Corporations continue to ignore President Trump’s charade over the Paris climate agreement.

During Climate Week NYC, the Climate Group announced a record number of companies have signed on to a 100 percent renewable power commitment by 2020. Major financial institutions Citi and JPMorgan Chase & Co. joined the pledge, bringing the group to 110 companies. Those corporations account for 150 terawatt-hours of energy per year.

The state of New York, where the event is taking place, consumes less energy than that in a year, according to the Energy Information Administration.   

“Their leadership will help to shape energy markets away from fossil fuels and deliver on the Paris Agreement at speed,” said Helen Clarkson, CEO of the Climate Group, which organizes Climate Week.

Also this week, General Motors committed to powering 20 percent of its global operations with renewables by next year. And 305 companies representing $6.5 trillion in market value agreed to set emissions standards through the Science Based Targets Initiative. 

In addition, the Ikea Foundation announced a $44.6 million grant for the We Mean Business coalition, which is dedicated to motivating the world’s most influential businesses to take action on climate change.

As Trump walks away from climate action, the rest of the global business community is rallying behind it.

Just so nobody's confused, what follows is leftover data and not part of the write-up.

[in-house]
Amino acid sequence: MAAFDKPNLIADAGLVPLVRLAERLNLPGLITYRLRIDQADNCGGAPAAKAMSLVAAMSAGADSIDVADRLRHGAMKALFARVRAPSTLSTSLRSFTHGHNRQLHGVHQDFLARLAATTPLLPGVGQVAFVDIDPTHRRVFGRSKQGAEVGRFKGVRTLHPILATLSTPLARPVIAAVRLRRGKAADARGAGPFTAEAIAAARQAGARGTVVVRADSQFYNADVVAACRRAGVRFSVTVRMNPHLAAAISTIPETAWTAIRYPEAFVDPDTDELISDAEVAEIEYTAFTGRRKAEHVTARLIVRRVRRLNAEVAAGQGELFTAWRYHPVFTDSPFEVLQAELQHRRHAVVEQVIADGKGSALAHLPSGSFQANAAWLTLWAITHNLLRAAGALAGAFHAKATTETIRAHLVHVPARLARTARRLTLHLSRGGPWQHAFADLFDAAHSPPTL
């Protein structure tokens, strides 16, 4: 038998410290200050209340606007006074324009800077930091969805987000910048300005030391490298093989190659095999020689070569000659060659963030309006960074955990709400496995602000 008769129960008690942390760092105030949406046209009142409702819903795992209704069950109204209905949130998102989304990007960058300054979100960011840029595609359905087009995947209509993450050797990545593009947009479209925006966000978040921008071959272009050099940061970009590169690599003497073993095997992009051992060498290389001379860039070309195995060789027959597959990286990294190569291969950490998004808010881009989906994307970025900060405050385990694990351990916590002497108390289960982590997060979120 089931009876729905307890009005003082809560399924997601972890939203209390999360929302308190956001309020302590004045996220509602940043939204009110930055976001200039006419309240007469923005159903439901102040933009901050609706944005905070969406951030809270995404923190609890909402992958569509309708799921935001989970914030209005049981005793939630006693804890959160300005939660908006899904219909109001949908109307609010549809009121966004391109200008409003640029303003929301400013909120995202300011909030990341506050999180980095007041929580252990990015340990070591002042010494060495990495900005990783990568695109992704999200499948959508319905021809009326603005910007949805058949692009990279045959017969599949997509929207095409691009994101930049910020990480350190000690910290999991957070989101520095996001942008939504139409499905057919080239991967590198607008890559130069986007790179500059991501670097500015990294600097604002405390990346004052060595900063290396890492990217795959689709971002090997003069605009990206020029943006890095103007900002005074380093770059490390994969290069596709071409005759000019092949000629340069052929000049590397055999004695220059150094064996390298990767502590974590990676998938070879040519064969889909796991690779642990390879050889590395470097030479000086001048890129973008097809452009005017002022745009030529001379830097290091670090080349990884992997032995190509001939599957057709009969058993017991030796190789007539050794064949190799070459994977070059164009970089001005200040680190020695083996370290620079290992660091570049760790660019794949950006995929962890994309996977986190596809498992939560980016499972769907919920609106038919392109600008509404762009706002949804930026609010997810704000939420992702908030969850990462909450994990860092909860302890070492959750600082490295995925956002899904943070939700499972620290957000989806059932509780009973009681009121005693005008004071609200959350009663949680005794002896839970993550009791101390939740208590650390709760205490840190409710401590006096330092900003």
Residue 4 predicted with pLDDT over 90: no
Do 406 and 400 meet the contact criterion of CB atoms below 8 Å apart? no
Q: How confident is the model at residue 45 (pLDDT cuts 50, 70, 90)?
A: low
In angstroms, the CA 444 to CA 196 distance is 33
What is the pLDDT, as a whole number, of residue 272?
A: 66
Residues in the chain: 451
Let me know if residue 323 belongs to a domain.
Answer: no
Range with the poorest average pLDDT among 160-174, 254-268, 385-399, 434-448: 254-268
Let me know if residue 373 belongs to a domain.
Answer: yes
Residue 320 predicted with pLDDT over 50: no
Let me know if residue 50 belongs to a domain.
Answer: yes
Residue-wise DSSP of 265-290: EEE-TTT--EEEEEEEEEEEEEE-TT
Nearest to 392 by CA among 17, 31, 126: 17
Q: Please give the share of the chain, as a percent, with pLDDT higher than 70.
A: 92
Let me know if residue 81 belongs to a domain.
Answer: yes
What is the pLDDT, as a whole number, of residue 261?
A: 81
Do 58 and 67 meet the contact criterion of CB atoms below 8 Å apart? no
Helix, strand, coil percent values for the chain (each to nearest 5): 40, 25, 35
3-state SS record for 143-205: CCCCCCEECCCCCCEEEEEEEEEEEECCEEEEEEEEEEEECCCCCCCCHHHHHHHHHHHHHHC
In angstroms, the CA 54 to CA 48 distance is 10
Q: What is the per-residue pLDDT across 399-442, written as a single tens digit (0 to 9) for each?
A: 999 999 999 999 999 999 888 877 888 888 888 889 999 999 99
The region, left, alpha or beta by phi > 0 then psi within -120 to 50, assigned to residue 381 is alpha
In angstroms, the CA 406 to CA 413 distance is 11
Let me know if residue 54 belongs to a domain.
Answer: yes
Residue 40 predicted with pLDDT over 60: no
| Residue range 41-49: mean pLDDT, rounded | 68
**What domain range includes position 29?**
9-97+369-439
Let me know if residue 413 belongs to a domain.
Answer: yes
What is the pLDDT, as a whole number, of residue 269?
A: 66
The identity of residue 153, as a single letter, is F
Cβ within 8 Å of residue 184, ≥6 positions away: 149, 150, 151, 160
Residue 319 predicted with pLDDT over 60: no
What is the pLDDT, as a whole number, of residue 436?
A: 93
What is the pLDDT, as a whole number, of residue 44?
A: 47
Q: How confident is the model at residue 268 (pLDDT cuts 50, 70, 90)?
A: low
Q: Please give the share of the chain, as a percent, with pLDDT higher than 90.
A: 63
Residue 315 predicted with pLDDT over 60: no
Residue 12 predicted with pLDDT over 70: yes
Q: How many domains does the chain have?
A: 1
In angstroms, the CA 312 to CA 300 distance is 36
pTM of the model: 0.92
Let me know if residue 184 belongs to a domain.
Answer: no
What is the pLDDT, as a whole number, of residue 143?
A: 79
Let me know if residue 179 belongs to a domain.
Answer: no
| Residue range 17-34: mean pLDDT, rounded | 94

Corporate renewable deals spiked to a cumulative 3.25 gigawatts in 2015, the year countries hashed out the Paris climate deal. According to the Rocky Mountain Institute, they fell back to 1.61 gigawatts the following year. This year is already looking brighter, with 2.09 gigawatts in deals announced through September 19. 

At the New York meeting, corporations took commitments a step further, announcing a new initiative through the Climate Group called EV100, to encourage the uptake of electric cars. According to its website, EV100 is “committed to accelerating the transition to electric vehicles (EVs) and making electric transport the new normal by 2030.”

The 10 companies leading the charge, including Ikea, HP Inc. and Pacific Gas and Electric (PG&E), have committed to promoting electric vehicle uptake in a few different ways: adding electric vehicles to corporate fleets, including electric-vehicle requirements in service contracts, or installing charging infrastructure for employees.

In the announcement, HP said it would expand its workplace charging plan internationally. PG&E said it would expand charging stations for customers and staff.  

Members of the new initiative will be helped along by policy and market forces. More automakers are building electric models, more countries are considering fossil-fuel car bans, and analysts and oil companies are revising electric vehicle projections upward.

One key aspect of EV100 is an attempt to “future-proof” operations while maintaining competitive edge.

The same is true for renewables. The 110 corporations now committed to the RE100 pledge represent $2.5 trillion in revenue -- and they’re hoping to see a return.

“They’re not doing it out of the goodness of their hearts,” said Clarkson in September while announcing new RE100 members. “Renewable power makes business sense.”